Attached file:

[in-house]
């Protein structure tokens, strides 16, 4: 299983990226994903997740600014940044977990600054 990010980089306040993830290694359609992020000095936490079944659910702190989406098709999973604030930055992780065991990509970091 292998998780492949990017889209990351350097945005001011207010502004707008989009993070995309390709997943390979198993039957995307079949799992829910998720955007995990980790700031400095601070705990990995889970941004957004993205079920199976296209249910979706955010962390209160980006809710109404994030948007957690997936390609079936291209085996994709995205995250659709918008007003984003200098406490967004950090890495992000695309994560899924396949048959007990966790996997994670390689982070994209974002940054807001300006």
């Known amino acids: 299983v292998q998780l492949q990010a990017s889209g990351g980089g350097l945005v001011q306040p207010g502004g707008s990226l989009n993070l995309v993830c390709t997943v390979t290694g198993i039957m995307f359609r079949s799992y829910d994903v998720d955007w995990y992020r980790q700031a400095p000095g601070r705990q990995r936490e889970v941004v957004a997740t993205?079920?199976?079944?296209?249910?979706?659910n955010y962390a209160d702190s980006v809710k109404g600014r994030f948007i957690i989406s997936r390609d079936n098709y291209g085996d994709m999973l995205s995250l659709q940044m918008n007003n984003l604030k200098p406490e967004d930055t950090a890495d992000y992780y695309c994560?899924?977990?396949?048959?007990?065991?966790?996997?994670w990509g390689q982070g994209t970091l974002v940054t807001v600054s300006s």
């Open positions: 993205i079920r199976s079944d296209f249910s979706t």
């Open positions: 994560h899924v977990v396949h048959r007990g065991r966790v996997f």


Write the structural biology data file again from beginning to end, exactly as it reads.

[in-house]
């Protein structure tokens, strides 16, 4: 299983990226994903997740600014940044977990600054 990010980089306040993830290694359609992020000095936490079944659910702190989406098709999973604030930055992780065991990509970091 292998998780492949990017889209990351350097945005001011207010502004707008989009993070995309390709997943390979198993039957995307079949799992829910998720955007995990980790700031400095601070705990990995889970941004957004993205079920199976296209249910979706955010962390209160980006809710109404994030948007957690997936390609079936291209085996994709995205995250659709918008007003984003200098406490967004950090890495992000695309994560899924396949048959007990966790996997994670390689982070994209974002940054807001300006």
């Known amino acids: 299983v292998q998780l492949q990010a990017s889209g990351g980089g350097l945005v001011q306040p207010g502004g707008s990226l989009n993070l995309v993830c390709t997943v390979t290694g198993i039957m995307f359609r079949s799992y829910d994903v998720d955007w995990y992020r980790q700031a400095p000095g601070r705990q990995r936490e889970v941004v957004a997740t993205?079920?199976?079944?296209?249910?979706?659910n955010y962390a209160d702190s980006v809710k109404g600014r994030f948007i957690i989406s997936r390609d079936n098709y291209g085996d994709m999973l995205s995250l659709q940044m918008n007003n984003l604030k200098p406490e967004d930055t950090a890495d992000y992780y695309c994560?899924?977990?396949?048959?007990?065991?966790?996997?994670w990509g390689q982070g994209t970091l974002v940054t807001v600054s300006s």
């Open positions: 993205i079920r199976s079944d296209f249910s979706t």
């Open positions: 994560h899924v977990v396949h048959r007990g065991r966790v996997f």